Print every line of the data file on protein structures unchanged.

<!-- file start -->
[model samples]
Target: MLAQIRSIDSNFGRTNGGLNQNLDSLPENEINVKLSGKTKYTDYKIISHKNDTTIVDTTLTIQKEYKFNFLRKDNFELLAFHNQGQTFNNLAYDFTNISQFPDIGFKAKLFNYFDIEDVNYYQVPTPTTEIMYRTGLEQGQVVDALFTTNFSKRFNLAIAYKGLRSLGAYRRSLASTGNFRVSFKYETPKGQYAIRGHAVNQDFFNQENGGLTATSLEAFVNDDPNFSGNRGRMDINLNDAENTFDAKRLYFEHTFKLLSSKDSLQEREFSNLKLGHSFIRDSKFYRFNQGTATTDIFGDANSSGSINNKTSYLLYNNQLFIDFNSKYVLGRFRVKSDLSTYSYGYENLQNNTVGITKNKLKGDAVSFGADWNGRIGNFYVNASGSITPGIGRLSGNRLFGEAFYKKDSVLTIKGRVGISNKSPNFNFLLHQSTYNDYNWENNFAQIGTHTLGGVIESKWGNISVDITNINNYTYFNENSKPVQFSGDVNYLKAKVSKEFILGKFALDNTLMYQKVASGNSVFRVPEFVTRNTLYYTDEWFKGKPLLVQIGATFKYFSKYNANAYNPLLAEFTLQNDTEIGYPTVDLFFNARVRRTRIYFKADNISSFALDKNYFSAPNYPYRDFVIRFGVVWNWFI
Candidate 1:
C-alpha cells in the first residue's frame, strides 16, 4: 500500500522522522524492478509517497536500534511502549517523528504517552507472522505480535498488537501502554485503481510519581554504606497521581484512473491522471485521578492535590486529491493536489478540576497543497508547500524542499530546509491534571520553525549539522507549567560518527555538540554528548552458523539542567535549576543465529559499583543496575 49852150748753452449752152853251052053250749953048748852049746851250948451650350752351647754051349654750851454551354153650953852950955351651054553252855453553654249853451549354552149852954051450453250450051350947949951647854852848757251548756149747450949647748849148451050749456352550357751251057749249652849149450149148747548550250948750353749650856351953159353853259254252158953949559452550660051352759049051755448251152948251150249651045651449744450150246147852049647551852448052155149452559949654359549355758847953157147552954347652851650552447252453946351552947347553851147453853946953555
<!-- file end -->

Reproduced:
[model samples]
Target: MLAQIRSIDSNFGRTNGGLNQNLDSLPENEINVKLSGKTKYTDYKIISHKNDTTIVDTTLTIQKEYKFNFLRKDNFELLAFHNQGQTFNNLAYDFTNISQFPDIGFKAKLFNYFDIEDVNYYQVPTPTTEIMYRTGLEQGQVVDALFTTNFSKRFNLAIAYKGLRSLGAYRRSLASTGNFRVSFKYETPKGQYAIRGHAVNQDFFNQENGGLTATSLEAFVNDDPNFSGNRGRMDINLNDAENTFDAKRLYFEHTFKLLSSKDSLQEREFSNLKLGHSFIRDSKFYRFNQGTATTDIFGDANSSGSINNKTSYLLYNNQLFIDFNSKYVLGRFRVKSDLSTYSYGYENLQNNTVGITKNKLKGDAVSFGADWNGRIGNFYVNASGSITPGIGRLSGNRLFGEAFYKKDSVLTIKGRVGISNKSPNFNFLLHQSTYNDYNWENNFAQIGTHTLGGVIESKWGNISVDITNINNYTYFNENSKPVQFSGDVNYLKAKVSKEFILGKFALDNTLMYQKVASGNSVFRVPEFVTRNTLYYTDEWFKGKPLLVQIGATFKYFSKYNANAYNPLLAEFTLQNDTEIGYPTVDLFFNARVRRTRIYFKADNISSFALDKNYFSAPNYPYRDFVIRFGVVWNWFI
Candidate 1:
C-alpha cells in the first residue's frame, strides 16, 4: 500500500522522522524492478509517497536500534511502549517523528504517552507472522505480535498488537501502554485503481510519581554504606497521581484512473491522471485521578492535590486529491493536489478540576497543497508547500524542499530546509491534571520553525549539522507549567560518527555538540554528548552458523539542567535549576543465529559499583543496575 49852150748753452449752152853251052053250749953048748852049746851250948451650350752351647754051349654750851454551354153650953852950955351651054553252855453553654249853451549354552149852954051450453250450051350947949951647854852848757251548756149747450949647748849148451050749456352550357751251057749249652849149450149148747548550250948750353749650856351953159353853259254252158953949559452550660051352759049051755448251152948251150249651045651449744450150246147852049647551852448052155149452559949654359549355758847953157147552954347652851650552447252453946351552947347553851147453853946953555